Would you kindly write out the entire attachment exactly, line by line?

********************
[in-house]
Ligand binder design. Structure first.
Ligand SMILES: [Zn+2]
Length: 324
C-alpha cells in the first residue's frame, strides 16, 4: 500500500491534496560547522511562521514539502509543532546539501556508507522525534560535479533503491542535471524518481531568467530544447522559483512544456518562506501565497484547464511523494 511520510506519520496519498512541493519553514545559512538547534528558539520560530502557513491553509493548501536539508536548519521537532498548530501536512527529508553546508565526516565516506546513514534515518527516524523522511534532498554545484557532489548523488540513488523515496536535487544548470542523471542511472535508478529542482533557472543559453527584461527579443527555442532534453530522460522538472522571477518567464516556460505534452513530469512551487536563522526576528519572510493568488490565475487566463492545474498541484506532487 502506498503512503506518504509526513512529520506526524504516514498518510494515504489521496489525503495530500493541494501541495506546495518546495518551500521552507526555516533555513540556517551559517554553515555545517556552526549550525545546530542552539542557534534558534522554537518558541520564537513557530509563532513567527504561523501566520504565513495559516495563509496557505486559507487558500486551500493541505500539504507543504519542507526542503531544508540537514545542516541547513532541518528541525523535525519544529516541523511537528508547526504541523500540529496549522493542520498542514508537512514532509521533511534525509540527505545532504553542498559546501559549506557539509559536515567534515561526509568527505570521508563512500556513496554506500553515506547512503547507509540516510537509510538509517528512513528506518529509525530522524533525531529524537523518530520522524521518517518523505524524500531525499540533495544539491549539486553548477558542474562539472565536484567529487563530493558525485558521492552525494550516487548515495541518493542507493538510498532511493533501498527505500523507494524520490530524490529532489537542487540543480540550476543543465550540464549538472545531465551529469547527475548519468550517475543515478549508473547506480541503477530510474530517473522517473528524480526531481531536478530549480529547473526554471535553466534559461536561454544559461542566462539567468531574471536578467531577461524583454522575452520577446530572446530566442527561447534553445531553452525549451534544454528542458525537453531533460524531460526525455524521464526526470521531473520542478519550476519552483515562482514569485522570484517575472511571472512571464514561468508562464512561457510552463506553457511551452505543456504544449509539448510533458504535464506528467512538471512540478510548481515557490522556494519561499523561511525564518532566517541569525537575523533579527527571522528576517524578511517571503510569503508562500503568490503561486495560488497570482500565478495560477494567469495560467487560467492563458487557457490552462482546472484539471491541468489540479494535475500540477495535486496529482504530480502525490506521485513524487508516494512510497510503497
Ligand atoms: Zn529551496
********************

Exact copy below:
[in-house]
Ligand binder design. Structure first.
Ligand SMILES: [Zn+2]
Length: 324
C-alpha cells in the first residue's frame, strides 16, 4: 500500500491534496560547522511562521514539502509543532546539501556508507522525534560535479533503491542535471524518481531568467530544447522559483512544456518562506501565497484547464511523494 511520510506519520496519498512541493519553514545559512538547534528558539520560530502557513491553509493548501536539508536548519521537532498548530501536512527529508553546508565526516565516506546513514534515518527516524523522511534532498554545484557532489548523488540513488523515496536535487544548470542523471542511472535508478529542482533557472543559453527584461527579443527555442532534453530522460522538472522571477518567464516556460505534452513530469512551487536563522526576528519572510493568488490565475487566463492545474498541484506532487 502506498503512503506518504509526513512529520506526524504516514498518510494515504489521496489525503495530500493541494501541495506546495518546495518551500521552507526555516533555513540556517551559517554553515555545517556552526549550525545546530542552539542557534534558534522554537518558541520564537513557530509563532513567527504561523501566520504565513495559516495563509496557505486559507487558500486551500493541505500539504507543504519542507526542503531544508540537514545542516541547513532541518528541525523535525519544529516541523511537528508547526504541523500540529496549522493542520498542514508537512514532509521533511534525509540527505545532504553542498559546501559549506557539509559536515567534515561526509568527505570521508563512500556513496554506500553515506547512503547507509540516510537509510538509517528512513528506518529509525530522524533525531529524537523518530520522524521518517518523505524524500531525499540533495544539491549539486553548477558542474562539472565536484567529487563530493558525485558521492552525494550516487548515495541518493542507493538510498532511493533501498527505500523507494524520490530524490529532489537542487540543480540550476543543465550540464549538472545531465551529469547527475548519468550517475543515478549508473547506480541503477530510474530517473522517473528524480526531481531536478530549480529547473526554471535553466534559461536561454544559461542566462539567468531574471536578467531577461524583454522575452520577446530572446530566442527561447534553445531553452525549451534544454528542458525537453531533460524531460526525455524521464526526470521531473520542478519550476519552483515562482514569485522570484517575472511571472512571464514561468508562464512561457510552463506553457511551452505543456504544449509539448510533458504535464506528467512538471512540478510548481515557490522556494519561499523561511525564518532566517541569525537575523533579527527571522528576517524578511517571503510569503508562500503568490503561486495560488497570482500565478495560477494567469495560467487560467492563458487557457490552462482546472484539471491541468489540479494535475500540477495535486496529482504530480502525490506521485513524487508516494512510497510503497
Ligand atoms: Zn529551496